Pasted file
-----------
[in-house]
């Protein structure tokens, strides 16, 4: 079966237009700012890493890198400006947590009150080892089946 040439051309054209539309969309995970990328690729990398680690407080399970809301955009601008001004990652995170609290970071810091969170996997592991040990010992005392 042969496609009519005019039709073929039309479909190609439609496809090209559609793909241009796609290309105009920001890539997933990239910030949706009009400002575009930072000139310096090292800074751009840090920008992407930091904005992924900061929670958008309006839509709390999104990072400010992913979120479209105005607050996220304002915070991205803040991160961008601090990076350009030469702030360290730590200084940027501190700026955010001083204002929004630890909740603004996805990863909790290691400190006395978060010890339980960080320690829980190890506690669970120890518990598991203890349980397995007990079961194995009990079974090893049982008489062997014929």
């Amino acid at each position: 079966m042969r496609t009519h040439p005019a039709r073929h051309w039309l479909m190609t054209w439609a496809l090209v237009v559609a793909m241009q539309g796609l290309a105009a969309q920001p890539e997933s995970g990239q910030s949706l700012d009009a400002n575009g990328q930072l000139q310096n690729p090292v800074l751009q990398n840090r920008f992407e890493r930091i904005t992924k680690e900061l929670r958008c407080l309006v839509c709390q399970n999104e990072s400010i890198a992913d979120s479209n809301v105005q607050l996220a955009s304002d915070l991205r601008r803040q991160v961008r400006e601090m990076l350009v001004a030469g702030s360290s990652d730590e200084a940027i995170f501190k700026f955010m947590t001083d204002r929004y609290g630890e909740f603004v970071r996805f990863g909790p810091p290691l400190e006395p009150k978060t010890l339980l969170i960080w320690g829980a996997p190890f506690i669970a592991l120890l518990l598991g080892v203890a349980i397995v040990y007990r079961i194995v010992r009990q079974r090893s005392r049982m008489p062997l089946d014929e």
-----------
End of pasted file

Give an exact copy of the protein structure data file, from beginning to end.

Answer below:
[in-house]
């Protein structure tokens, strides 16, 4: 079966237009700012890493890198400006947590009150080892089946 040439051309054209539309969309995970990328690729990398680690407080399970809301955009601008001004990652995170609290970071810091969170996997592991040990010992005392 042969496609009519005019039709073929039309479909190609439609496809090209559609793909241009796609290309105009920001890539997933990239910030949706009009400002575009930072000139310096090292800074751009840090920008992407930091904005992924900061929670958008309006839509709390999104990072400010992913979120479209105005607050996220304002915070991205803040991160961008601090990076350009030469702030360290730590200084940027501190700026955010001083204002929004630890909740603004996805990863909790290691400190006395978060010890339980960080320690829980190890506690669970120890518990598991203890349980397995007990079961194995009990079974090893049982008489062997014929």
């Amino acid at each position: 079966m042969r496609t009519h040439p005019a039709r073929h051309w039309l479909m190609t054209w439609a496809l090209v237009v559609a793909m241009q539309g796609l290309a105009a969309q920001p890539e997933s995970g990239q910030s949706l700012d009009a400002n575009g990328q930072l000139q310096n690729p090292v800074l751009q990398n840090r920008f992407e890493r930091i904005t992924k680690e900061l929670r958008c407080l309006v839509c709390q399970n999104e990072s400010i890198a992913d979120s479209n809301v105005q607050l996220a955009s304002d915070l991205r601008r803040q991160v961008r400006e601090m990076l350009v001004a030469g702030s360290s990652d730590e200084a940027i995170f501190k700026f955010m947590t001083d204002r929004y609290g630890e909740f603004v970071r996805f990863g909790p810091p290691l400190e006395p009150k978060t010890l339980l969170i960080w320690g829980a996997p190890f506690i669970a592991l120890l518990l598991g080892v203890a349980i397995v040990y007990r079961i194995v010992r009990q079974r090893s005392r049982m008489p062997l089946d014929e």